Opinion

Who's at risk from HMRC pursuing tax-evading sellers at eBay and Etsy?

7 min read

01 June 2015

The tax authority is making use of its increased powers by following up with thousands of individuals – but many online users are unsure as to whether they're at risk.

The Telegraph disclosed that the websites – including Amazon, Etsy, eBay and Gumtree, are being forced to hand over customer account details, with 14,000 individuals targeted so far. They are suspected of failing to declare profits on their self-assessment tax returns.

HMRC’s powers were beefed up last year, so it can now download people’s account information, including names, emails and details of what they’ve sold, and potentially force sellers to pay tax that is disputed or subject to an inquiry.

The organisation previously tried to alert online users with a campaign in 2012, drawing attention to the fact that many people’s “hobby” may well now count as “trade”, which could mean they owe tax. It raised over £9m in tax following that campaign – and in perhaps the most extreme result, one eBay seller turned over an undeclared £1.4m in six years and was sentenced to two years imprisonment for tax evasion.

John Woolfenden had failed to declare tax on over 500,000 items sold on the auction site and should have paid almost £300,000 worth of tax from the trades. He ran an online DVD, music and games business and pleaded guilty to two counts of cheating the public revenue and one count of concealing or transferring criminal property.

With the responsibility on private traders to disclose their earnings and ensure they pay the correct amounts of tax, some may be concerned at where the divide falls. Woolfenden is a rare extreme, but of the 14,000 people targeted with letters from HMRC since 2012, some had made profits of just £100.

Many UK internet users sell homemade goods and unwanted items online, but collectors buying and selling frequently as well as those who make and sell crafts, could find themselves deemed a business and should be aware of what counts them as such.

Image: Shutterstock

Dawn Register, tax specialist at accountancy firm BDO, said: “Few people consider the tax implications of selling items online, and may think it is just a hobby.”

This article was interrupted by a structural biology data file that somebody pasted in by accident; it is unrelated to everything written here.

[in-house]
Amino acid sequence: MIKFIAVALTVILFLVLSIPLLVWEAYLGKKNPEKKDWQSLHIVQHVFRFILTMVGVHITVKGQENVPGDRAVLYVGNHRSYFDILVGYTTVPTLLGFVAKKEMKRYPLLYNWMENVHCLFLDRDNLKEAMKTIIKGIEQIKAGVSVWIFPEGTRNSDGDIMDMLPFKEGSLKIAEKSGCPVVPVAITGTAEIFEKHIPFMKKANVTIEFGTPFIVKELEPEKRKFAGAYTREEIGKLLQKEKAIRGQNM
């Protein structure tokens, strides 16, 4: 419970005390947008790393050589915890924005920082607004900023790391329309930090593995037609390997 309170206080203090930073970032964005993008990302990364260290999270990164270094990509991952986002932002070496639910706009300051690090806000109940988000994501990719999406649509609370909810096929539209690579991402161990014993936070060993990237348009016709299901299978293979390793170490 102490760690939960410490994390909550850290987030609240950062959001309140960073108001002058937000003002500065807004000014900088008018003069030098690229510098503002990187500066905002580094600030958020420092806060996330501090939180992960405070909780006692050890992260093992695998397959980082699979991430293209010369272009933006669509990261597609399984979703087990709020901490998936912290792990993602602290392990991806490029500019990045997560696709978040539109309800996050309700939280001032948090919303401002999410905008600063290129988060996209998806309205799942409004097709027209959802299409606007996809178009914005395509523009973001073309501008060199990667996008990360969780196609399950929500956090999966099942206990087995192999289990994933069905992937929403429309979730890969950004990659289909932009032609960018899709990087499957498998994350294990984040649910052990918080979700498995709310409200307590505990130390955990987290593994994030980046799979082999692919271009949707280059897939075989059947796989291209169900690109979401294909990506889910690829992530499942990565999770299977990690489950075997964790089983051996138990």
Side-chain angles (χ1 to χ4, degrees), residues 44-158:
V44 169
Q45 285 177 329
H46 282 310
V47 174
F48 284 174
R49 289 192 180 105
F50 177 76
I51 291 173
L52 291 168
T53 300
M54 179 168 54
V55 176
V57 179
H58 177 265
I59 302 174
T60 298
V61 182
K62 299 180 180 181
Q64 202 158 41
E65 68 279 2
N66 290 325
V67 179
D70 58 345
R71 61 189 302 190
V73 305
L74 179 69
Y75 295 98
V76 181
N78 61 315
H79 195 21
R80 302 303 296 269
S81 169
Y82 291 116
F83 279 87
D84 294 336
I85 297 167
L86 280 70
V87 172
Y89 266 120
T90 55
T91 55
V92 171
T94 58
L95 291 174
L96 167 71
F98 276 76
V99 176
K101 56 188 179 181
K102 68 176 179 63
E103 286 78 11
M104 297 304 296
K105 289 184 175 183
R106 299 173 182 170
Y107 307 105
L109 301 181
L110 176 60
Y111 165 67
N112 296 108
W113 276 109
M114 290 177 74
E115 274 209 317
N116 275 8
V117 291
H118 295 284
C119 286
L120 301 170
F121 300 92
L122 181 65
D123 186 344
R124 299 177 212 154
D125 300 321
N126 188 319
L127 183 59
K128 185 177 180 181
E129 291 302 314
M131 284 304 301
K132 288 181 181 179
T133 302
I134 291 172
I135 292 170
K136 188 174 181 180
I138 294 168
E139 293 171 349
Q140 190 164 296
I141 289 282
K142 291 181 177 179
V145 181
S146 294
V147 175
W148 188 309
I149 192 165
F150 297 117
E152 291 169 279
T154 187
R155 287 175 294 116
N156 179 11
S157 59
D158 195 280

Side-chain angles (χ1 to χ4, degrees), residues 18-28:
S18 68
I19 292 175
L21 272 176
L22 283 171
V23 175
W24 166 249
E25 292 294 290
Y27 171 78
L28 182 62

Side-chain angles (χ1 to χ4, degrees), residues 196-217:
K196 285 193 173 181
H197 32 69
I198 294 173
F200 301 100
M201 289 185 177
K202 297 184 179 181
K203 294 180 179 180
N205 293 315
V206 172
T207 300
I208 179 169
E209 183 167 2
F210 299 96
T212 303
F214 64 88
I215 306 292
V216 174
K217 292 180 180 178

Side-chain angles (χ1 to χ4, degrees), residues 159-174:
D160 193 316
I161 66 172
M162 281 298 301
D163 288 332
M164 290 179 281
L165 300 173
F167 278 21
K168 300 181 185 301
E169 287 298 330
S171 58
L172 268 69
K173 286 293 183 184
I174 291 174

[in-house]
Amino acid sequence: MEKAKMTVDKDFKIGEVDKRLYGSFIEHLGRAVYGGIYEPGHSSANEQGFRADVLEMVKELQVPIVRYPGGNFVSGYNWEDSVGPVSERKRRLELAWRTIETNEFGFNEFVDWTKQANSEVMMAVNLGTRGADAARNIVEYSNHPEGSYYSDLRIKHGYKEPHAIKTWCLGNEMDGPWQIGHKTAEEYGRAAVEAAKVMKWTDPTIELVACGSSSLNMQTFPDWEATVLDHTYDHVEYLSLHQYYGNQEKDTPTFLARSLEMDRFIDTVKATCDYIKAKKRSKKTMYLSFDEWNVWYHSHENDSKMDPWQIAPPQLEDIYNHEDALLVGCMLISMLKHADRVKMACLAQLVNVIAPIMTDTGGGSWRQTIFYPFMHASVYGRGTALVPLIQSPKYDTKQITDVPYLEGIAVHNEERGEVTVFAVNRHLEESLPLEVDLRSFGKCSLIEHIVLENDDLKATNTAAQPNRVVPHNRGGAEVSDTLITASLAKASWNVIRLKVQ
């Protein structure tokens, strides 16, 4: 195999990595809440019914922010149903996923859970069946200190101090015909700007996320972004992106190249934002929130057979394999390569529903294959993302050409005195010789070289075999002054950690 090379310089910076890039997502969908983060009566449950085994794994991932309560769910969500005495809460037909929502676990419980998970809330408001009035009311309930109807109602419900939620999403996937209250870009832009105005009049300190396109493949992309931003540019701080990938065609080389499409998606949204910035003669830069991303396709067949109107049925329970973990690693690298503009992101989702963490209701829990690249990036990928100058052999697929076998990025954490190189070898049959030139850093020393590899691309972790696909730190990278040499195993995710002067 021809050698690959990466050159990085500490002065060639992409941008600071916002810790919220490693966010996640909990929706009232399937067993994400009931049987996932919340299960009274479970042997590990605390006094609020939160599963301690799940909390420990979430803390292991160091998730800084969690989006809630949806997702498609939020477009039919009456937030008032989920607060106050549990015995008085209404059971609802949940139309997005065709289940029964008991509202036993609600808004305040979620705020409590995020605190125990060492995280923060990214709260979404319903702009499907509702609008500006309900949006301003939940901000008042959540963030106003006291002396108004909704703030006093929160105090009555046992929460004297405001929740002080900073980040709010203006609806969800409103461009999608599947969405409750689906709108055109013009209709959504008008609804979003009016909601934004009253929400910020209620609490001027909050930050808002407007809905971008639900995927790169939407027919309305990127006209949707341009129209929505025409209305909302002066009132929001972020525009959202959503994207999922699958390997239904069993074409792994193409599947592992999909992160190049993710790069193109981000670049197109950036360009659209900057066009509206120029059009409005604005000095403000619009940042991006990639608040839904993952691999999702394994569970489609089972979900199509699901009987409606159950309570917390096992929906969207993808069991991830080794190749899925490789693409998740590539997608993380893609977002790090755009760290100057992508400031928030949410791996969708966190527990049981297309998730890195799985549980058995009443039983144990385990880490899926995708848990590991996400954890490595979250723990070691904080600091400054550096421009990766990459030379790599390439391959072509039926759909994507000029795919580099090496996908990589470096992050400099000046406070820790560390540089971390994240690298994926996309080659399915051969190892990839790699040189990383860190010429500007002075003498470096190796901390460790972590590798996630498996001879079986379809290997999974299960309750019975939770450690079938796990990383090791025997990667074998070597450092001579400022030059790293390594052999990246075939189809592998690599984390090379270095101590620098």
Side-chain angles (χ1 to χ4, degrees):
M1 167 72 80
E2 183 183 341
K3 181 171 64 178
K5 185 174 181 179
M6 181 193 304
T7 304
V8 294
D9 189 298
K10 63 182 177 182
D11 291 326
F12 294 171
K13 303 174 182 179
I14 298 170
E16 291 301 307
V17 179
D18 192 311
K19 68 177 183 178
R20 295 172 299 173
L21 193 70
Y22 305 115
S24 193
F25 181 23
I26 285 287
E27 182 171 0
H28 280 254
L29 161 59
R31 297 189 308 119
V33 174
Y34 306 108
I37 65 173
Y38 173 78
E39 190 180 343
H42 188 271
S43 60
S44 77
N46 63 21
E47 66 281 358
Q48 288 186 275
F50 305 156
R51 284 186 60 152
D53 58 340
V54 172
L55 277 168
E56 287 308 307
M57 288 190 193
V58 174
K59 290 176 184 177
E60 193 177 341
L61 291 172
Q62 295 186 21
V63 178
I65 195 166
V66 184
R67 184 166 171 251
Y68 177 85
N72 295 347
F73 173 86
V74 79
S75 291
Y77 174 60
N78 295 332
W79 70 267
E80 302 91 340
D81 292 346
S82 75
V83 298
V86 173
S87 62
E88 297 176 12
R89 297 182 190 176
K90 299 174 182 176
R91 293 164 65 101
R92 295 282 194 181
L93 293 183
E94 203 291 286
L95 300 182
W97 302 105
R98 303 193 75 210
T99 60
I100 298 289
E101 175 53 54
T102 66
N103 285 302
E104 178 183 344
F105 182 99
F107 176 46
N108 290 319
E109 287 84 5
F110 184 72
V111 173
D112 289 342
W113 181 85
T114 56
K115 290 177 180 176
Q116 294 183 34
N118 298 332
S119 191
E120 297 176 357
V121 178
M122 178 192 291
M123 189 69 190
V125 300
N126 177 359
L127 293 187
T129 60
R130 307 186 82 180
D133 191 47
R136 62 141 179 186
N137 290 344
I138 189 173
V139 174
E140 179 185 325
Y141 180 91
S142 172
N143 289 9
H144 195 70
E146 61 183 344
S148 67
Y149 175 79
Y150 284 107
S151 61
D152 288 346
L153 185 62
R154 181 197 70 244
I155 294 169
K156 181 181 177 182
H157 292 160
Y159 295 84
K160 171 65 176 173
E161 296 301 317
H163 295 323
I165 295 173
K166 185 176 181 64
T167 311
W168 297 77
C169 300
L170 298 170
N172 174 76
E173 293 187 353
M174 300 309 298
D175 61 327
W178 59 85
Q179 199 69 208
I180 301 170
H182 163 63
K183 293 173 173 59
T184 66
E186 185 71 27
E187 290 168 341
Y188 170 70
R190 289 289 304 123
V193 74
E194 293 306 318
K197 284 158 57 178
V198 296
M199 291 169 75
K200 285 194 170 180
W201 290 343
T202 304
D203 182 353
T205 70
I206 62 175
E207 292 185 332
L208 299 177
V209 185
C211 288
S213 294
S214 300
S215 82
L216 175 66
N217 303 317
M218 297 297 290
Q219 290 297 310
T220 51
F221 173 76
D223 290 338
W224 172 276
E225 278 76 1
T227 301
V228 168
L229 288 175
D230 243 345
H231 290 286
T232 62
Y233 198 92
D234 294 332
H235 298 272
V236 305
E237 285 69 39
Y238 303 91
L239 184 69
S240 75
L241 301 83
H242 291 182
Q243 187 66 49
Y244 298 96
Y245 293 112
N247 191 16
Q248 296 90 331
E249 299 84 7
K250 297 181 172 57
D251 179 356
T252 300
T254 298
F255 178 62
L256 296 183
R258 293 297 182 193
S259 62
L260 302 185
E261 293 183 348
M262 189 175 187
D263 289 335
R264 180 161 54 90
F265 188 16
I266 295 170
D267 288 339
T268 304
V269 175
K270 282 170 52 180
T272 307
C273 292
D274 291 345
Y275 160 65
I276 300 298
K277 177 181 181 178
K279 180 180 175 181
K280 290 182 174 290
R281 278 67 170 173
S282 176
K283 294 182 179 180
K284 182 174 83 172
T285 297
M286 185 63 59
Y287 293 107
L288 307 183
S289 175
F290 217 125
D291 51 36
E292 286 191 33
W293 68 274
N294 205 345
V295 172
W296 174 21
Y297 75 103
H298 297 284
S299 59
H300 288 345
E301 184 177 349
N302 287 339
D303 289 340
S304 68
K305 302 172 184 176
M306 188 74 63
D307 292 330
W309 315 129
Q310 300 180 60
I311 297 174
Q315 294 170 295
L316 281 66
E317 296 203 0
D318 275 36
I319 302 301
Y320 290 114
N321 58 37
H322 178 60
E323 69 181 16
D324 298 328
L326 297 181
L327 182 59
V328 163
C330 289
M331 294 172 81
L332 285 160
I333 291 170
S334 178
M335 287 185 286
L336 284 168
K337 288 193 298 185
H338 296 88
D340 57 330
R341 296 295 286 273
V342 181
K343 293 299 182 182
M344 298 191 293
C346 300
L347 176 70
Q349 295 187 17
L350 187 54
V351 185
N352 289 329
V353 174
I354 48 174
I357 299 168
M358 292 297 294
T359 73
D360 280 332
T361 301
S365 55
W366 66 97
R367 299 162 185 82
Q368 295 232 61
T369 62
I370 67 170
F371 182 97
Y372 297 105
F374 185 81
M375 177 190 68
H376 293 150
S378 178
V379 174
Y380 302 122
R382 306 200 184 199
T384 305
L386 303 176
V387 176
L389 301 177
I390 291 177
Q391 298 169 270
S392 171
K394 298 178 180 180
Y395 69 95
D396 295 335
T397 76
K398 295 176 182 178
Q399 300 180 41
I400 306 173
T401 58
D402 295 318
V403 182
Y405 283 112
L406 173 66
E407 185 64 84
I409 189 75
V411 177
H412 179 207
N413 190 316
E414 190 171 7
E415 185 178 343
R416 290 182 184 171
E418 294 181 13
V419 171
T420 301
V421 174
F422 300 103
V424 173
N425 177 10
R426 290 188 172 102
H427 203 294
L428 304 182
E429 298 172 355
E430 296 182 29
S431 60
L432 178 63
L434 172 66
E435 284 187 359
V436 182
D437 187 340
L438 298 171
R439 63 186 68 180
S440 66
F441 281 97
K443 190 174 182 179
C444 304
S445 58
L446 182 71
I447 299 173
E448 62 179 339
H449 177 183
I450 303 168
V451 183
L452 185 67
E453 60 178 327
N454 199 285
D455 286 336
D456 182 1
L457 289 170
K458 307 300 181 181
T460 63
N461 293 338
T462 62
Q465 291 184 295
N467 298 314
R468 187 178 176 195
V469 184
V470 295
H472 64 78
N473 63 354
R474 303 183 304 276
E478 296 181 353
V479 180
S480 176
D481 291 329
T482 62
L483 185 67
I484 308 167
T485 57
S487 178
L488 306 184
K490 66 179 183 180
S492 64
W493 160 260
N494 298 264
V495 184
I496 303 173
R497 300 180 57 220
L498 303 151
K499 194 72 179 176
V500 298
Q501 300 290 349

While it’s up to individuals to make sure they’re paying the correct amount of tax, it doesn’t hurt for HMRC to raise awareness – particularly when many may not consider their actions trading in the first place.

HMRC told The Telegraph it was investigating suspected avoidance cases where “risks have been identified” or where those involved need to be “educated” about their tax liability.

Ticking your account as a “business seller” is a quick route to being checked on by the tax authority – so users best think about the implications of selecting that title when signing up. 

Some 1,000 of the letters mentioned were sent to people where the taxman had already identified a shortfall on their self-assessment forms.

Read more on tax evasion:

While this could be someone making as little as £100 profit from their selling, the key is if it’s considered a business profit, which would then obviously make it taxable. Any earnings over an individual’s tax-free personal allowance, which stands at £10,600 for the 2015-2016 tax year would be taxable if considered a business profit.

The letters themselves lay out the issue quite clearly – one seen by The Telegraph announced: “HMRC receives information about fees paid by you from the e-marketplaces you use and is aware you were registered as a business seller. HMRC thinks you should have declared more on your taxes than you did.”

It is also a signal that HMRC is becoming savvier in assessing different forms of tax evasion. Those failing to reply will be dealt with an automatic tax charge to be paid within three months – calculated by HMRC.

“Getting it wrong could involve paying back taxes, late payment interest and penalties to HMRC,” Register added.

It should certainly catch the attention of those online who may think they’re just indulging in a hobby, like selling homemade jewellery. If HMRC can prove you are doing “anything in the nature of trade” you’ll be classed as a business. Of the “badges of trade” that the taxman will consult before proceeding, just one could be enough to display that someone is trading.

Here is the criteria to keep in mind if you are selling online, or intend to in the future:

  • A profit-seeking motive – the intention supports trading, though in itself isn’t conclusive
  • The number of transactions – frequent and systematic transactions are a signal
  • The nature of the asset – is it of such a type that it can only be turned to advantage by sale, or did it yield an income?
  • Existence of similar trading transactions or interests – those that are similar to an existing trade may be an indication of trading
  • Changes to the asset – considering whether the asset involved was adjusted or improved to make it easier to sell or to yield a greater profit
  • The way the sale was carried out – whether it was sold to raise money for emergency circumstances or in a manner typical of trading organisations
  • The source of finance – was money borrow to buy the asset?
  • Interval of time between purchase and sale – those trading assets will normally be sold quickly, so intending to resell shortly after purchase supports trading
  • Method of acquisition – something inherited or received as a gift is less likely to be the subject of trade

Image: Shutterstock